BUAR classifies certain shipwrecks and other underwater archaeological resources as "Exempted Sites" for a variety of reasons, including (but not limited to): commonly known location, previous salvage, recreational value, educational value, or lack of significant archaeological or historical value. Recreational diving activities on these sites, including casual artifact collection, do not require a BUAR permit. However, any major disruption of the site is prohibited. The intent of creating an exempted shipwreck site is to preserve such sites for the continued enjoyment of the recreational diving community, who is encouraged to protect these sites for the continued enjoyment of all.
Note: All dives are conducted at your own risk. The Commonwealth of Massachusetts accepts no responsibility for loss of any kind, including personal injury or property damage. The Commonwealth of Massachusetts assumes no liability for inaccuracies in dive information contained in these pages including site locations and dive conditions.
Description: Freighter, steel.
Dimensions: Length 281.7 ft., width 39.7 ft., depth 15 ft.
Tonnage: Gross 2,169, other under deck - 1,916.
Propulsion: Steam, propeller.
Machinery: Single 274 nominal horse power, triple expansion steam engine with cylinder diameters 22"+36"+60"X42" stroke; 2, single ended steel boilers, 4 corrugated furnaces; one donkey boiler.
Cargo: 5,770 bales of hay.
Date Sunk: January 23, 1900.
Location: Southwest end of Naushon Island, Vineyard Sound.
After loading a cargo of hay at New London, the steamer Ardandhu was on its way to Halifax where it was to load potatoes, fish and general merchandise, the whole bound for Havana, Cuba. This was to be the freighter's first and last voyage for the Munson Steamship Line of New York City.
At 3:30AM, January 23, 1900, while off Robinson's Hole, Vineyard Sound, Ardandhu collided with the Metropolitan liner Herman Winter, bound from Boston for New York. Striking amidships, the liner's bow nearly cut Ardandhu in half. Apparently there was a misunderstanding of whistle signals. Officers and crew of the Metropolitan liner claimed they made a single whistle blast indicating their intent to go to the right and leave Ardandhu on the port side. The crew of Ardandhu claimed Herman Winter made two blasts indicating it intended to pass the eastbound steamer to the left. “This would have put the Ardandhu directly across the Herman Winter's bow, and heading for shore, the position it was in when the collision occurred." Ardanhu's watertight compartments kept the vessel from sinking immediately and Herman Winter stayed in the breach until the freighter settled away as the compartments eventually filled. There was a rush by the crew to get off their stricken vessel and it was thought that all had been saved until a head count revealed the engineer and second officer were missing. Herman Winter stood by Ardandhu looking for signs of life. The freighter drifted onto the southwest end of Naushon Island and settled by the stern, with the bow sticking out of the water. After assessing that itself was secure, Herman Winter started for Vineyard Haven to report the incident.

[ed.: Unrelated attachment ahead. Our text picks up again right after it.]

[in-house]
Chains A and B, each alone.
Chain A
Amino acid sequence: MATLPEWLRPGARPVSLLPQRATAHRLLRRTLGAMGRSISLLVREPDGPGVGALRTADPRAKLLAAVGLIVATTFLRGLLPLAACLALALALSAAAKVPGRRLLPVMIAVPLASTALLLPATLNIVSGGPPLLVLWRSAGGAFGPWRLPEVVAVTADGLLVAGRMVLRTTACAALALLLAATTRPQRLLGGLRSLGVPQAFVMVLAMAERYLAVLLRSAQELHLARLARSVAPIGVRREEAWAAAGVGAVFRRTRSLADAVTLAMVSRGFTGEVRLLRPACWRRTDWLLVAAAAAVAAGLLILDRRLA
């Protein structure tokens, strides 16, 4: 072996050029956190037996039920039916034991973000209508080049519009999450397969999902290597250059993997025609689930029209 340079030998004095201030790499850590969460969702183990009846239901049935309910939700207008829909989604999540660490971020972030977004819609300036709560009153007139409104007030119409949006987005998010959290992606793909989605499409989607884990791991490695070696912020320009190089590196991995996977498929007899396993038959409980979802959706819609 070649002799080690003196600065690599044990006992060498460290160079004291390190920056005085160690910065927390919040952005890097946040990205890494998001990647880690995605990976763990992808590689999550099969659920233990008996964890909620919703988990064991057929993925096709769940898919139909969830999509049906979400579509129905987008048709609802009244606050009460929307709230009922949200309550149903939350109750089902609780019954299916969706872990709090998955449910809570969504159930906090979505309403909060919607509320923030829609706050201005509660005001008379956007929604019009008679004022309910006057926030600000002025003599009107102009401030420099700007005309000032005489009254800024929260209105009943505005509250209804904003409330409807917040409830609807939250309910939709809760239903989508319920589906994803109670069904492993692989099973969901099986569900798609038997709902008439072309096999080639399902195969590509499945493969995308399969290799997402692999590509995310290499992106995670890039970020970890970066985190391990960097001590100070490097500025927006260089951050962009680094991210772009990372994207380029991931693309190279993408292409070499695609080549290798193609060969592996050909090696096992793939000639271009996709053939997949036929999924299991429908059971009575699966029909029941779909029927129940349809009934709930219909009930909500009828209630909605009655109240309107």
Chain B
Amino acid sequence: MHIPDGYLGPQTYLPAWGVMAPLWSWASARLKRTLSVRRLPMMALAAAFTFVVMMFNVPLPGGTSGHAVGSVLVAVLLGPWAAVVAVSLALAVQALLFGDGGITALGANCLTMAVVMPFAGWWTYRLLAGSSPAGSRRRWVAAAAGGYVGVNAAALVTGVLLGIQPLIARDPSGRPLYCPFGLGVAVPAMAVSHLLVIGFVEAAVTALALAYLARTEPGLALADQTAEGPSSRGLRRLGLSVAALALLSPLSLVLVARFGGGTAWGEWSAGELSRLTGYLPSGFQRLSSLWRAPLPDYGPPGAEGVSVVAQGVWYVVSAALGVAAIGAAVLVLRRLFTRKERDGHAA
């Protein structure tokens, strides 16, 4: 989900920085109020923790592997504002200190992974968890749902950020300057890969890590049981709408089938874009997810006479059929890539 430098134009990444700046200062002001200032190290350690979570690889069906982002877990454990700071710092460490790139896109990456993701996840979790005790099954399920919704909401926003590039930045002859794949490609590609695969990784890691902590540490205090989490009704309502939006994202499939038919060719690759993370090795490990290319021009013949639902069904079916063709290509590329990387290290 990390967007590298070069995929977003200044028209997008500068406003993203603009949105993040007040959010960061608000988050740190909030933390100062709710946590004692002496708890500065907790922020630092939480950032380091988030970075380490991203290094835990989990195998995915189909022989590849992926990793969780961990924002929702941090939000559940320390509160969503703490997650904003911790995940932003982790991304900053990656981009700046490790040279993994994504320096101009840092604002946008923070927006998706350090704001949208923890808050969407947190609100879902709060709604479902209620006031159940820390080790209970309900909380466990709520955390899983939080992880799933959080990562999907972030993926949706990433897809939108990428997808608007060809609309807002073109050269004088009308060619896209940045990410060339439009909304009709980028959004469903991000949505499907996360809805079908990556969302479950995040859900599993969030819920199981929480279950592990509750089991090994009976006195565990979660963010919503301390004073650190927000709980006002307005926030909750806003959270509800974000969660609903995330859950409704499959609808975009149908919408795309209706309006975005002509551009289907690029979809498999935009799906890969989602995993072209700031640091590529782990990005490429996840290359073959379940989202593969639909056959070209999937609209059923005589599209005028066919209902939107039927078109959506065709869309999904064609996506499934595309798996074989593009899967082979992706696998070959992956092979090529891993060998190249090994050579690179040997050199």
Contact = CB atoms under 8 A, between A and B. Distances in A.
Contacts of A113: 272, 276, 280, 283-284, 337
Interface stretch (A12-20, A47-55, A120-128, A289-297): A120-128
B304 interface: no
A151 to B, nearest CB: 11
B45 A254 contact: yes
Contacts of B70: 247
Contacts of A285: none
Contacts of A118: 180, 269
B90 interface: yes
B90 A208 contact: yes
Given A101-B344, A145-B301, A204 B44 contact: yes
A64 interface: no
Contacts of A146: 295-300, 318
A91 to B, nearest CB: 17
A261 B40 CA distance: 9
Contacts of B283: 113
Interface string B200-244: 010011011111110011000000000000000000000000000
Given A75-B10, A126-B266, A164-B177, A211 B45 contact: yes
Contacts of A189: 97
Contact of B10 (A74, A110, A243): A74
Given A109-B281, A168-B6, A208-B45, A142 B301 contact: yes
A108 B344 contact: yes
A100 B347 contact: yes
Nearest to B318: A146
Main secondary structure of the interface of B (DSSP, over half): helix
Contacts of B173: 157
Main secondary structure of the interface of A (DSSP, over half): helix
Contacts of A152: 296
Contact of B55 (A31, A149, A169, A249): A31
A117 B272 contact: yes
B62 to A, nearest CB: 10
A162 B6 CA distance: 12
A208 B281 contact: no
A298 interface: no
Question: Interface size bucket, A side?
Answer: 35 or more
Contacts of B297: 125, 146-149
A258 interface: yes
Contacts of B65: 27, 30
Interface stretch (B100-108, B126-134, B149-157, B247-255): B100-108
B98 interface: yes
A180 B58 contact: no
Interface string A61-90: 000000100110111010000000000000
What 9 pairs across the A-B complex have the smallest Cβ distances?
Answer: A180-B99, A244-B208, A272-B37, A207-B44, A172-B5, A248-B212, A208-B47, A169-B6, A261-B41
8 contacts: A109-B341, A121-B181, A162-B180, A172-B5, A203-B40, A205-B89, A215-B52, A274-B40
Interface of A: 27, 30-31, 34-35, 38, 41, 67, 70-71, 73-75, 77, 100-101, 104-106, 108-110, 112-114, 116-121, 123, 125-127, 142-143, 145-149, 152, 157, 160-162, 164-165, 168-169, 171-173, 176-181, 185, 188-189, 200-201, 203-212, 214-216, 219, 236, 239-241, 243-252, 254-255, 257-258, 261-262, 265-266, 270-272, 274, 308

On January 24th, Captain Dundas returned to the wreck site with the Boston Towboat Wrecking Company's agent. They found that the freighter had slid off the bar on which it stranded and was now lying on an even keel in 60 feet of water, the masts and smokestack breaking the surface. As the wreck lay dangerously close to nearby shipping lanes it was considered a hazard to navigation.
Constructed: 1893, at Belfast, Ireland by Workman, Clark and Co. Lim.
Construction details: single steel deck and a wood sheathed steel spar deck; poop deck, 23 feet long; bridge deck, 70 feet long; 4 cemented bulkheads; water ballasted in a 202 foot long, cellular constructed, double bottom; electric lights.
Crew: 31; Master: G. Dundas (1898).
Owners: Clark and Service, Glasgow; Munson Steamship Line, New York.
Home or Hailing Port: Glasgow.
Former Name(s) and date(s):
Official number: 102594. Country: Britain.
Other Comments: Engines and boilers built by Workman, Clark and Co. Lim.
The Merritt Wrecking Company was contracted to work on the freighter. On January 25th, 1900, divers reported favorably on the possibility of floating the steamer. However, being in an exposed position, heavy seas and strong currents would make the cost of raising it too great. By the 29th, it was assumed the vessel would not be raised. However, on February 12th, Ardandhu's owners closed a contract with the Merritt Wrecking Company to raise the vessel. Local wreckers thought it would be a large and expensive job due to the currents and it was not until April that the Merritt Wrecking Company's steamer, I.J. Merritt, was able to visit the wreck site to determine the feasibility of raising her. They found the steamer had settled 15 feet into the mud and sand, which would make the salvage prohibitively expensive.
In lieu of raising the vessel, on October 13th work commenced on the task of blowing up the wreck. By November 14th the Government was still dynamiting Ardandhu's remains.
Lloyds Register of Shipping; 1899-1900
New York Maritime Register; Jan. 24 & 31, Feb. 14, Apr. 25, Oct. 1, Nov. 21, 1900
New York Times; January 24, 1900